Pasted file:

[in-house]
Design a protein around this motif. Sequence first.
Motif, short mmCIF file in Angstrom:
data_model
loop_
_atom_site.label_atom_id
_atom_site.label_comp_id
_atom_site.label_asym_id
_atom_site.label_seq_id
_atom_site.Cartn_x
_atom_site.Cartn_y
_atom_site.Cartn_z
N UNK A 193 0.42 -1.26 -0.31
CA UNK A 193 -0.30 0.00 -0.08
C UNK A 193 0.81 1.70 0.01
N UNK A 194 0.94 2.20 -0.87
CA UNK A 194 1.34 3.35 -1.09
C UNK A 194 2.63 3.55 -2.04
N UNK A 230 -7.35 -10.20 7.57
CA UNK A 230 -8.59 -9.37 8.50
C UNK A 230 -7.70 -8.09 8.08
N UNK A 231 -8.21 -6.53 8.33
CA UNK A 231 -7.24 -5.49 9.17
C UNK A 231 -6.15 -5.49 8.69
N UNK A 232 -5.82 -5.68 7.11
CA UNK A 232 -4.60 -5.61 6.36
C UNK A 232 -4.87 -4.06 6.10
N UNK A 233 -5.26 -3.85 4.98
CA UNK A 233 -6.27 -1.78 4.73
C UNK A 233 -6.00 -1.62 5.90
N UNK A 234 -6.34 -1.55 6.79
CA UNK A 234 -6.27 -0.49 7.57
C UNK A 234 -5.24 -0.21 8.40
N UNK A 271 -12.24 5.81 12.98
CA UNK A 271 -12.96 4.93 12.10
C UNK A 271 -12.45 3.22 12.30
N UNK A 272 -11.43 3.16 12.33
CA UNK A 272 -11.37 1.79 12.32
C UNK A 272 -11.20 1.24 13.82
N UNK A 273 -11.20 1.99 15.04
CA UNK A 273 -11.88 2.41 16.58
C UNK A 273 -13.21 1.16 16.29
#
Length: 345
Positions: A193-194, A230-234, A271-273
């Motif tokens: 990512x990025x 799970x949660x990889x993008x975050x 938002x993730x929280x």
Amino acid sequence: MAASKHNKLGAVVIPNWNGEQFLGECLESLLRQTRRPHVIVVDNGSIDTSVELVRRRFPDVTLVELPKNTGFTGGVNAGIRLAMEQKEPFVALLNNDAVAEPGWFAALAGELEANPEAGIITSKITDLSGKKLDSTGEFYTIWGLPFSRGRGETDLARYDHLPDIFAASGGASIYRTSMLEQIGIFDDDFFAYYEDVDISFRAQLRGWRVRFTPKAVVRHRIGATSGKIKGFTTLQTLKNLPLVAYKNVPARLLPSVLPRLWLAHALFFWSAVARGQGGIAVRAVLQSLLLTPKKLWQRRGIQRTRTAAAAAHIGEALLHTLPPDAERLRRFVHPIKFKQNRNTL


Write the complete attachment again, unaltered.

[in-house]
Design a protein around this motif. Sequence first.
Motif, short mmCIF file in Angstrom:
data_model
loop_
_atom_site.label_atom_id
_atom_site.label_comp_id
_atom_site.label_asym_id
_atom_site.label_seq_id
_atom_site.Cartn_x
_atom_site.Cartn_y
_atom_site.Cartn_z
N UNK A 193 0.42 -1.26 -0.31
CA UNK A 193 -0.30 0.00 -0.08
C UNK A 193 0.81 1.70 0.01
N UNK A 194 0.94 2.20 -0.87
CA UNK A 194 1.34 3.35 -1.09
C UNK A 194 2.63 3.55 -2.04
N UNK A 230 -7.35 -10.20 7.57
CA UNK A 230 -8.59 -9.37 8.50
C UNK A 230 -7.70 -8.09 8.08
N UNK A 231 -8.21 -6.53 8.33
CA UNK A 231 -7.24 -5.49 9.17
C UNK A 231 -6.15 -5.49 8.69
N UNK A 232 -5.82 -5.68 7.11
CA UNK A 232 -4.60 -5.61 6.36
C UNK A 232 -4.87 -4.06 6.10
N UNK A 233 -5.26 -3.85 4.98
CA UNK A 233 -6.27 -1.78 4.73
C UNK A 233 -6.00 -1.62 5.90
N UNK A 234 -6.34 -1.55 6.79
CA UNK A 234 -6.27 -0.49 7.57
C UNK A 234 -5.24 -0.21 8.40
N UNK A 271 -12.24 5.81 12.98
CA UNK A 271 -12.96 4.93 12.10
C UNK A 271 -12.45 3.22 12.30
N UNK A 272 -11.43 3.16 12.33
CA UNK A 272 -11.37 1.79 12.32
C UNK A 272 -11.20 1.24 13.82
N UNK A 273 -11.20 1.99 15.04
CA UNK A 273 -11.88 2.41 16.58
C UNK A 273 -13.21 1.16 16.29
#
Length: 345
Positions: A193-194, A230-234, A271-273
């Motif tokens: 990512x990025x 799970x949660x990889x993008x975050x 938002x993730x929280x």
Amino acid sequence: MAASKHNKLGAVVIPNWNGEQFLGECLESLLRQTRRPHVIVVDNGSIDTSVELVRRRFPDVTLVELPKNTGFTGGVNAGIRLAMEQKEPFVALLNNDAVAEPGWFAALAGELEANPEAGIITSKITDLSGKKLDSTGEFYTIWGLPFSRGRGETDLARYDHLPDIFAASGGASIYRTSMLEQIGIFDDDFFAYYEDVDISFRAQLRGWRVRFTPKAVVRHRIGATSGKIKGFTTLQTLKNLPLVAYKNVPARLLPSVLPRLWLAHALFFWSAVARGQGGIAVRAVLQSLLLTPKKLWQRRGIQRTRTAAAAAHIGEALLHTLPPDAERLRRFVHPIKFKQNRNTL